1762 ENGLISH POETRY 1579-1830: SPENSER AND THE TRADITION

Rev. William Rider

R. L., "To Mr. Rider, on his new History of England, now publishing in monthly Volumes, Price One Shilling and Sixpence each Volume" Royal Magazine 7 (September 1762) 152.



O thou whom Flatt'ry knows not how to charm,
To whom the voice of truth is ever dear,
Attend the lays which breathe with friendship warm,
Bold without fault, and without rage severe.

Can George, unmov'd, peruse thy nervous lore,
Whilst on his mind thou turn'st the glare of truth,
Teach him to be what kings have been of yore,
Bulwarks of freedom 'midst the fire of youth.

E'er may that hint be present to his mind,
"That time will bring each regal fault to light."
May all his thoughts with judgment be refin'd,
Great without vice, and without darkness bright.

Proceed, beyond the force of danger brave,
Let justice still each nervous page inspire;
A Briton scorns the honours of a slave,
And breathes, in chains, the patriot's noble fire.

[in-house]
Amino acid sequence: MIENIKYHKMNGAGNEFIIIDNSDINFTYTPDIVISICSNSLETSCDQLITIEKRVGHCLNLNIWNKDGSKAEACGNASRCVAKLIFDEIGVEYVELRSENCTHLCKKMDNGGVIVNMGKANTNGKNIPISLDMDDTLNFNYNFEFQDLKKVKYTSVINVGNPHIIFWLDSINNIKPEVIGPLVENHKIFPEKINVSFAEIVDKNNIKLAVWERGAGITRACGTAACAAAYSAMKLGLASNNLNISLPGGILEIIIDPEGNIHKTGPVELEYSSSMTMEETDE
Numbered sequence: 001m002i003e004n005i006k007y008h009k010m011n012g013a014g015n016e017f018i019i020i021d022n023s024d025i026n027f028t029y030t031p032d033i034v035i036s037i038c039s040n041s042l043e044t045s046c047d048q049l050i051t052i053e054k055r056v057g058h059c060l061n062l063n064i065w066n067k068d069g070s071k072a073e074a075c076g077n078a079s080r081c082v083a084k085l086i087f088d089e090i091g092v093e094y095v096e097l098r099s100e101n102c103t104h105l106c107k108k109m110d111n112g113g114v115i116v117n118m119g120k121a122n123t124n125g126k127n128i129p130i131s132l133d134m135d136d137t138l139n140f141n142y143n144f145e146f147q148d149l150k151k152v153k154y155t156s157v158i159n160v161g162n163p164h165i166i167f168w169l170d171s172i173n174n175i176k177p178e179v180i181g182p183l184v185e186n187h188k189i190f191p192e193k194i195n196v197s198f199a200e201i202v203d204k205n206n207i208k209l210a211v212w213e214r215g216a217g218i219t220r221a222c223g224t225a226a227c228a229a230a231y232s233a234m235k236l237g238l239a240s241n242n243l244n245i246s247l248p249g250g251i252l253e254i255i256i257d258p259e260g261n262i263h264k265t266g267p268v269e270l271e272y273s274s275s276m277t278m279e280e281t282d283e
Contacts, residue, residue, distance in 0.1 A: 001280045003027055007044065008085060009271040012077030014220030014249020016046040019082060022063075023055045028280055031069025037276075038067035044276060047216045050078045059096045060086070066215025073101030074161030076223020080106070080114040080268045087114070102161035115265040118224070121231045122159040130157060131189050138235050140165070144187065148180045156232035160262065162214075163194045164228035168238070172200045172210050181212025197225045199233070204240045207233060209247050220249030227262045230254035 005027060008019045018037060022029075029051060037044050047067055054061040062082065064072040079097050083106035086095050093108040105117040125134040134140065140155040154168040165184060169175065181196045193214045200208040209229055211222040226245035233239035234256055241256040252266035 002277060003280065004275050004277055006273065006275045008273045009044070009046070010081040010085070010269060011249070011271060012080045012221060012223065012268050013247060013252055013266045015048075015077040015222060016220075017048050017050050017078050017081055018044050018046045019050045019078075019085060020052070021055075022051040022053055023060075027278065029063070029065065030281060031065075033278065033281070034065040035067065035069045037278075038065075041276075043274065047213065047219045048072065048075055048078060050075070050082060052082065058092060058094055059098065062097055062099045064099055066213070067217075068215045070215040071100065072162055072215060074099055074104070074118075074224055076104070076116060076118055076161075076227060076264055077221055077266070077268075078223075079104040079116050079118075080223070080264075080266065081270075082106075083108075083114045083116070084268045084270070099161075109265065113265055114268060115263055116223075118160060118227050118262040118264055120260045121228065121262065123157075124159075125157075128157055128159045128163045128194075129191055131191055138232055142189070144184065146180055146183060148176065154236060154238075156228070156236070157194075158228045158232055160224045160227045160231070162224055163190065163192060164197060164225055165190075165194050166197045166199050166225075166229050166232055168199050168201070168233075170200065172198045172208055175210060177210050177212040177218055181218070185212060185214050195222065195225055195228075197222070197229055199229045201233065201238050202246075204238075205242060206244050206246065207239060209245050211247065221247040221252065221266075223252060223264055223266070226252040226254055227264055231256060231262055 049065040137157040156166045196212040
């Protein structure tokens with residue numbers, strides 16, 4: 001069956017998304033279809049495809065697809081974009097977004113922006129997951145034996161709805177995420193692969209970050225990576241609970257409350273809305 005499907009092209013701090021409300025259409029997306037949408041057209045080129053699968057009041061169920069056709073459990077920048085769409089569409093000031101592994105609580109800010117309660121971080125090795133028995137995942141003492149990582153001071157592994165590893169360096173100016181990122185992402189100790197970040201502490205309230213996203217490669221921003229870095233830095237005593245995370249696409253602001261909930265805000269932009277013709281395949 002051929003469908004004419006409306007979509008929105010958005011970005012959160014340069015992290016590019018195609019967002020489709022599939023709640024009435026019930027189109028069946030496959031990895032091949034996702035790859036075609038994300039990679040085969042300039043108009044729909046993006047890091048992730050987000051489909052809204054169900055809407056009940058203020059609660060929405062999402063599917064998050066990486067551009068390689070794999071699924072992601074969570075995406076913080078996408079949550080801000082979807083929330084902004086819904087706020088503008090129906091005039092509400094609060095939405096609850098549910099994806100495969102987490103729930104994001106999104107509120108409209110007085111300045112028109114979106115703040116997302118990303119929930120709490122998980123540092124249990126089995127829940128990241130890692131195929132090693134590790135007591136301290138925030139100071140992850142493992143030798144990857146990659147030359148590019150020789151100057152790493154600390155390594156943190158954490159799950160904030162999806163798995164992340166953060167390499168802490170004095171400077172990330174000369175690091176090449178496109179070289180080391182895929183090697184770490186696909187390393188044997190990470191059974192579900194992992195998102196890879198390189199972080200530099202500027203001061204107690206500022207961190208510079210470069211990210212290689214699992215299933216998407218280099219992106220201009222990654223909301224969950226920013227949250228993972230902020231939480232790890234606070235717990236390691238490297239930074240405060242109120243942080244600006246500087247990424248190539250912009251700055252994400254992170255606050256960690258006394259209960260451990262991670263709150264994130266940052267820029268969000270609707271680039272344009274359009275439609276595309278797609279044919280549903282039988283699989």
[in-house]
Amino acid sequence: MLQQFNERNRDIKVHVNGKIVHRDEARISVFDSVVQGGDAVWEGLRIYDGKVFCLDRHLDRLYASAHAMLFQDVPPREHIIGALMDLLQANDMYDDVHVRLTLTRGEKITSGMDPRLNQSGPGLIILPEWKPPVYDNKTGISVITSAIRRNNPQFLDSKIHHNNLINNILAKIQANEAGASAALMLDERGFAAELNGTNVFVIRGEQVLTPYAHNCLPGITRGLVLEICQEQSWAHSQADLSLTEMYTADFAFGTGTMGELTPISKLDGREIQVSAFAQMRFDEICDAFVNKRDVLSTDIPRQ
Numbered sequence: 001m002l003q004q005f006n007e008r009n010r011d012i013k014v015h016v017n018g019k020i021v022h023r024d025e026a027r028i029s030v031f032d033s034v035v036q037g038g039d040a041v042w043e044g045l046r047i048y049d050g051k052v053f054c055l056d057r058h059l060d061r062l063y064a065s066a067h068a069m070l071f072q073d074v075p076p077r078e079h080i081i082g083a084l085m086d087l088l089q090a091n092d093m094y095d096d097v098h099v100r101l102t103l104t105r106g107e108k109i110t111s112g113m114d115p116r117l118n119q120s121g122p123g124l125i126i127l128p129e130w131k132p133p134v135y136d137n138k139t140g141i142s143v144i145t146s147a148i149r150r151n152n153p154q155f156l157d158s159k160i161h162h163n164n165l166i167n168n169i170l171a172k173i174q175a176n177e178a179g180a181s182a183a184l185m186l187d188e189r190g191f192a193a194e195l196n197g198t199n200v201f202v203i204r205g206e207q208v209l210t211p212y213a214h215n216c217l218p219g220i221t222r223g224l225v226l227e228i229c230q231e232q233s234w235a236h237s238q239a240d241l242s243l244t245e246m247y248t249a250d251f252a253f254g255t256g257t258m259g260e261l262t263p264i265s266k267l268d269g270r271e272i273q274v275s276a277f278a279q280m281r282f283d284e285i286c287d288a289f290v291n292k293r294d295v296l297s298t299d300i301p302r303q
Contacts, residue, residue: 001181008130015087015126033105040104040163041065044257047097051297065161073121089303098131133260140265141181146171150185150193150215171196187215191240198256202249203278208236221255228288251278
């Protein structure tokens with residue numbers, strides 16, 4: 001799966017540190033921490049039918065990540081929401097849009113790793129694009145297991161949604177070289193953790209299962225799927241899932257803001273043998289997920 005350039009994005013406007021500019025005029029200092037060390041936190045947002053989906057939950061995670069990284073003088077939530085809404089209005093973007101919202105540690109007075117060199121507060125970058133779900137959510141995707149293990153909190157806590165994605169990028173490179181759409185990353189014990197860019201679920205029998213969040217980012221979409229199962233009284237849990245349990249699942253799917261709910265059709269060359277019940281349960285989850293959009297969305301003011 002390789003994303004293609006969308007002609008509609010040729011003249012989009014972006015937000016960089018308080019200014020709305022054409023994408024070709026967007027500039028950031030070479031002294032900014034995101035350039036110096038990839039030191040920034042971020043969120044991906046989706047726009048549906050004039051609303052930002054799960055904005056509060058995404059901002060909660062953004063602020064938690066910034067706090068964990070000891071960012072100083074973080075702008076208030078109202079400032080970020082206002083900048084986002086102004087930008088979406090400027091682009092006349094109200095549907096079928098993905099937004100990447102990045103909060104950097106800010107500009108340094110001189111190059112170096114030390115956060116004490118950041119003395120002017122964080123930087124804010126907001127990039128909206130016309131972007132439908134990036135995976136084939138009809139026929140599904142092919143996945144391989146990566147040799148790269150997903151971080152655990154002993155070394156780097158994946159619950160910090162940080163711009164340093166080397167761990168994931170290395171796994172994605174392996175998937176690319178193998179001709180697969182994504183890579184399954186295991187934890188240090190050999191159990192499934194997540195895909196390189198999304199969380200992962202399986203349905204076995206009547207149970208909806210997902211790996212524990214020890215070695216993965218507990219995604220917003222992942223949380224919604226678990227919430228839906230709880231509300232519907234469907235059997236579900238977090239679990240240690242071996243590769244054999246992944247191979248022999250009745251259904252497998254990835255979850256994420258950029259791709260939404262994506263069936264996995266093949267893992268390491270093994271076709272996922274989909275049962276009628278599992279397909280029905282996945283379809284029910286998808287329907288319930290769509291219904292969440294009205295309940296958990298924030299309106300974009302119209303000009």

Proceed, undaunted, to the noble store
Which Bodley's mansion reaches to thine eyes,
Cottonian treasure may'st thou still explore,
And on unborrow'd pinions soaring rise.

Nor let thy fav'rite Oxford only claim,
The care which to her sister Cam is due,
Her stores shall serve to decorate thy fame,
And raise thee glorious to the public view.

Harley invites, nor doth invite in vain,
Methinks I see thee midst his treasure shine,
And while his labours shall thy praises gain,
Thine are the praises, and the glories thine.

Wak'd from the slumbers of a thousand years,
The Druid shines in native worth confest,
In conscious fame his hoary visage rears,
And reads his learning in thy learned breast.

Whilst the inglorious herd shall snatch at fame,
And copying others groundless censures spread,
Candour and justice shall thy worth proclaim,
Truth warm thy breast, and laurels shade thine head.
Trinity College, Oxon,
August 17, 1762.